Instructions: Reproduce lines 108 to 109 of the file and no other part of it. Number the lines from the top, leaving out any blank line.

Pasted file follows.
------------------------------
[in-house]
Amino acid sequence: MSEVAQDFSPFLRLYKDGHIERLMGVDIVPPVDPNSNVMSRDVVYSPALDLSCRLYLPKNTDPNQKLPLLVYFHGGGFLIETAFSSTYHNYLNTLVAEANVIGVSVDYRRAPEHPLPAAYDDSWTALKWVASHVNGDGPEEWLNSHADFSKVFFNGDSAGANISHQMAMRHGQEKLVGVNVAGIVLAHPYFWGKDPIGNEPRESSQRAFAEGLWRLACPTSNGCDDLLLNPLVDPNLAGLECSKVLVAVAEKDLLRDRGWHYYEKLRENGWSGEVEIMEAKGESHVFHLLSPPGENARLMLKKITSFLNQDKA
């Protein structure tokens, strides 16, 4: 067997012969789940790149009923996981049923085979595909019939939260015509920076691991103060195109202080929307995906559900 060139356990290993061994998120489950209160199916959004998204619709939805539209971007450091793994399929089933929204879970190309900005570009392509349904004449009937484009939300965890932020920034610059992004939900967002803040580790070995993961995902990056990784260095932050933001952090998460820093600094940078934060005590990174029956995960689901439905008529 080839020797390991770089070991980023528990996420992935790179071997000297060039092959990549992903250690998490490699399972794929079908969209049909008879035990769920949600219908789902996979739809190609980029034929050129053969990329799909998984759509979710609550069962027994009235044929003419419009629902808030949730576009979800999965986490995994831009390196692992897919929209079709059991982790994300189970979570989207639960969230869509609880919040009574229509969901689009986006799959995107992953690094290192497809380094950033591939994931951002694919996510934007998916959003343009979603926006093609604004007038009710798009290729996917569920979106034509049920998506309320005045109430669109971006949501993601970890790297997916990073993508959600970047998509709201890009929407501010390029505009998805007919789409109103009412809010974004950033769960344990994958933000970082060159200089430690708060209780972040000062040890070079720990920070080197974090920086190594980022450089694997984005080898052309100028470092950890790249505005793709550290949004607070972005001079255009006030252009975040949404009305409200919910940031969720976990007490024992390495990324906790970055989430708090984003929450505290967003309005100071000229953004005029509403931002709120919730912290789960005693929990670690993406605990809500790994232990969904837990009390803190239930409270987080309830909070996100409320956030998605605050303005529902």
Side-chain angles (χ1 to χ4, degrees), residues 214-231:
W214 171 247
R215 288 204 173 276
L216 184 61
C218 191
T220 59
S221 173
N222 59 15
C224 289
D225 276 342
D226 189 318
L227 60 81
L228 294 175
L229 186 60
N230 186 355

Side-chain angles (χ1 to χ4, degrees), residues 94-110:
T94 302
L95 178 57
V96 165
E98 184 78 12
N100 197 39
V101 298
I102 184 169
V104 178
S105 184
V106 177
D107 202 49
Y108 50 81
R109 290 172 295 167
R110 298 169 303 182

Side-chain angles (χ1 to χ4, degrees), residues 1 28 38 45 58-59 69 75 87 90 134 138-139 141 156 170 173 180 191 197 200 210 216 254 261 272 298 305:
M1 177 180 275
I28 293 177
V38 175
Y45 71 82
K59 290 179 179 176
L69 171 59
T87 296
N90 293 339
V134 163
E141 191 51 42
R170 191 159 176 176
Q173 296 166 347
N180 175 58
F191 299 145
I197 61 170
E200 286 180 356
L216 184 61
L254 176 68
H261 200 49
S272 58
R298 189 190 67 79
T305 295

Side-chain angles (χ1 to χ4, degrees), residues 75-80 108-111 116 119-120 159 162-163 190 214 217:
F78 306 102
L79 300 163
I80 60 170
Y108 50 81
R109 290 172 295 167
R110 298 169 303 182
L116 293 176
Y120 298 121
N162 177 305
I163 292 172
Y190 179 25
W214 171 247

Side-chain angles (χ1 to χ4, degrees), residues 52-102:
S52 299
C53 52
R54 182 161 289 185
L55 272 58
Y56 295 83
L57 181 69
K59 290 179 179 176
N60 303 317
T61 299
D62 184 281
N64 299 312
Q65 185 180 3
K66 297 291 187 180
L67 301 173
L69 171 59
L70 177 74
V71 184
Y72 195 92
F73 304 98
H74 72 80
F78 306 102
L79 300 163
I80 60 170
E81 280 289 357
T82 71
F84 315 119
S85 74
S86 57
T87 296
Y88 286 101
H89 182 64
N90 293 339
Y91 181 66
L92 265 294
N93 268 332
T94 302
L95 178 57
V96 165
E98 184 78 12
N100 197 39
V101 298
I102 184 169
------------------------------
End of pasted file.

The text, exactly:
V96 165
E98 184 78 12